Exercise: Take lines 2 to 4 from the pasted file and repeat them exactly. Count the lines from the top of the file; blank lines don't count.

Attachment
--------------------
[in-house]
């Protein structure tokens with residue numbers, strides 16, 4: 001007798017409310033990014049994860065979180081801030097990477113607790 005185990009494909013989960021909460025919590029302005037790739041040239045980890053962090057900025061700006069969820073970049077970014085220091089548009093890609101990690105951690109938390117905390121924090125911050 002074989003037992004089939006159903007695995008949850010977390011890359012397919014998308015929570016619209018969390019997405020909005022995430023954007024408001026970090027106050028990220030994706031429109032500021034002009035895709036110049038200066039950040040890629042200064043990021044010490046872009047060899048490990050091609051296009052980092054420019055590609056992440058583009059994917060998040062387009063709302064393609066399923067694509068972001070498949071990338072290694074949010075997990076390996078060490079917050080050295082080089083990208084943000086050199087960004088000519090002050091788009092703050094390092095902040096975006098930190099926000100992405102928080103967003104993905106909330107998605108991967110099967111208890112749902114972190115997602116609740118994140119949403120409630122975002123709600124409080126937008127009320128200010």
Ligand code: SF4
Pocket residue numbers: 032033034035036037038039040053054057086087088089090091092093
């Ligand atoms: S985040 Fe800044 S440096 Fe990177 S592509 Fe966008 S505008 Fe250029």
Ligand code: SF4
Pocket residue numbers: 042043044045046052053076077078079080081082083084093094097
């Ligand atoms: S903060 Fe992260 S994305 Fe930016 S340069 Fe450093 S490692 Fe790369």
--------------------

């Protein structure tokens with residue numbers, strides 16, 4: 001007798017409310033990014049994860065979180081801030097990477113607790 005185990009494909013989960021909460025919590029302005037790739041040239045980890053962090057900025061700006069969820073970049077970014085220091089548009093890609101990690105951690109938390117905390121924090125911050 002074989003037992004089939006159903007695995008949850010977390011890359012397919014998308015929570016619209018969390019997405020909005022995430023954007024408001026970090027106050028990220030994706031429109032500021034002009035895709036110049038200066039950040040890629042200064043990021044010490046872009047060899048490990050091609051296009052980092054420019055590609056992440058583009059994917060998040062387009063709302064393609066399923067694509068972001070498949071990338072290694074949010075997990076390996078060490079917050080050295082080089083990208084943000086050199087960004088000519090002050091788009092703050094390092095902040096975006098930190099926000100992405102928080103967003104993905106909330107998605108991967110099967111208890112749902114972190115997602116609740118994140119949403120409630122975002123709600124409080126937008127009320128200010």
Ligand code: SF4
Pocket residue numbers: 032033034035036037038039040053054057086087088089090091092093